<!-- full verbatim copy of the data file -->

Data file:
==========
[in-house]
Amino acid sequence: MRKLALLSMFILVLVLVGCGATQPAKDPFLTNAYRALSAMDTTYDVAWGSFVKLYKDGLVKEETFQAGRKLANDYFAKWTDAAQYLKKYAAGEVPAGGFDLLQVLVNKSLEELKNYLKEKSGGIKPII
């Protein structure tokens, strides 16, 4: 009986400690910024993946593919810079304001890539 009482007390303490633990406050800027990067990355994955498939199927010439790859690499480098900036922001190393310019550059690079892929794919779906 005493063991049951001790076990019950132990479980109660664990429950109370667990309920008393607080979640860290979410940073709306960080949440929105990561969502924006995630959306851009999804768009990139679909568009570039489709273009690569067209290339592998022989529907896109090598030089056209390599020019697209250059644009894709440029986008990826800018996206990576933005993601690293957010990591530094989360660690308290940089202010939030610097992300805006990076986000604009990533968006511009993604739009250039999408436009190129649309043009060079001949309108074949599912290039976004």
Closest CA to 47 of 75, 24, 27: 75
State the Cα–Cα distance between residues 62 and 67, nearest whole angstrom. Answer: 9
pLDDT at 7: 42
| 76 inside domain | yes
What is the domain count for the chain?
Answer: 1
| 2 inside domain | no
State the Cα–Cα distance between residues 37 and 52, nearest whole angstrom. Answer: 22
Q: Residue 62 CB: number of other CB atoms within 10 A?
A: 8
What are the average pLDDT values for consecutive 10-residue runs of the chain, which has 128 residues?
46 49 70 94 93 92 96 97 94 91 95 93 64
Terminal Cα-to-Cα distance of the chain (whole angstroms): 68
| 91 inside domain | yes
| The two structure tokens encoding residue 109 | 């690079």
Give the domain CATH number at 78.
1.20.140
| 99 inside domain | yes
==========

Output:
[in-house]
Amino acid sequence: MRKLALLSMFILVLVLVGCGATQPAKDPFLTNAYRALSAMDTTYDVAWGSFVKLYKDGLVKEETFQAGRKLANDYFAKWTDAAQYLKKYAAGEVPAGGFDLLQVLVNKSLEELKNYLKEKSGGIKPII
């Protein structure tokens, strides 16, 4: 009986400690910024993946593919810079304001890539 009482007390303490633990406050800027990067990355994955498939199927010439790859690499480098900036922001190393310019550059690079892929794919779906 005493063991049951001790076990019950132990479980109660664990429950109370667990309920008393607080979640860290979410940073709306960080949440929105990561969502924006995630959306851009999804768009990139679909568009570039489709273009690569067209290339592998022989529907896109090598030089056209390599020019697209250059644009894709440029986008990826800018996206990576933005993601690293957010990591530094989360660690308290940089202010939030610097992300805006990076986000604009990533968006511009993604739009250039999408436009190129649309043009060079001949309108074949599912290039976004």
Closest CA to 47 of 75, 24, 27: 75
State the Cα–Cα distance between residues 62 and 67, nearest whole angstrom. Answer: 9
pLDDT at 7: 42
| 76 inside domain | yes
What is the domain count for the chain?
Answer: 1
| 2 inside domain | no
State the Cα–Cα distance between residues 37 and 52, nearest whole angstrom. Answer: 22
Q: Residue 62 CB: number of other CB atoms within 10 A?
A: 8
What are the average pLDDT values for consecutive 10-residue runs of the chain, which has 128 residues?
46 49 70 94 93 92 96 97 94 91 95 93 64
Terminal Cα-to-Cα distance of the chain (whole angstroms): 68
| 91 inside domain | yes
| The two structure tokens encoding residue 109 | 């690079």
Give the domain CATH number at 78.
1.20.140
| 99 inside domain | yes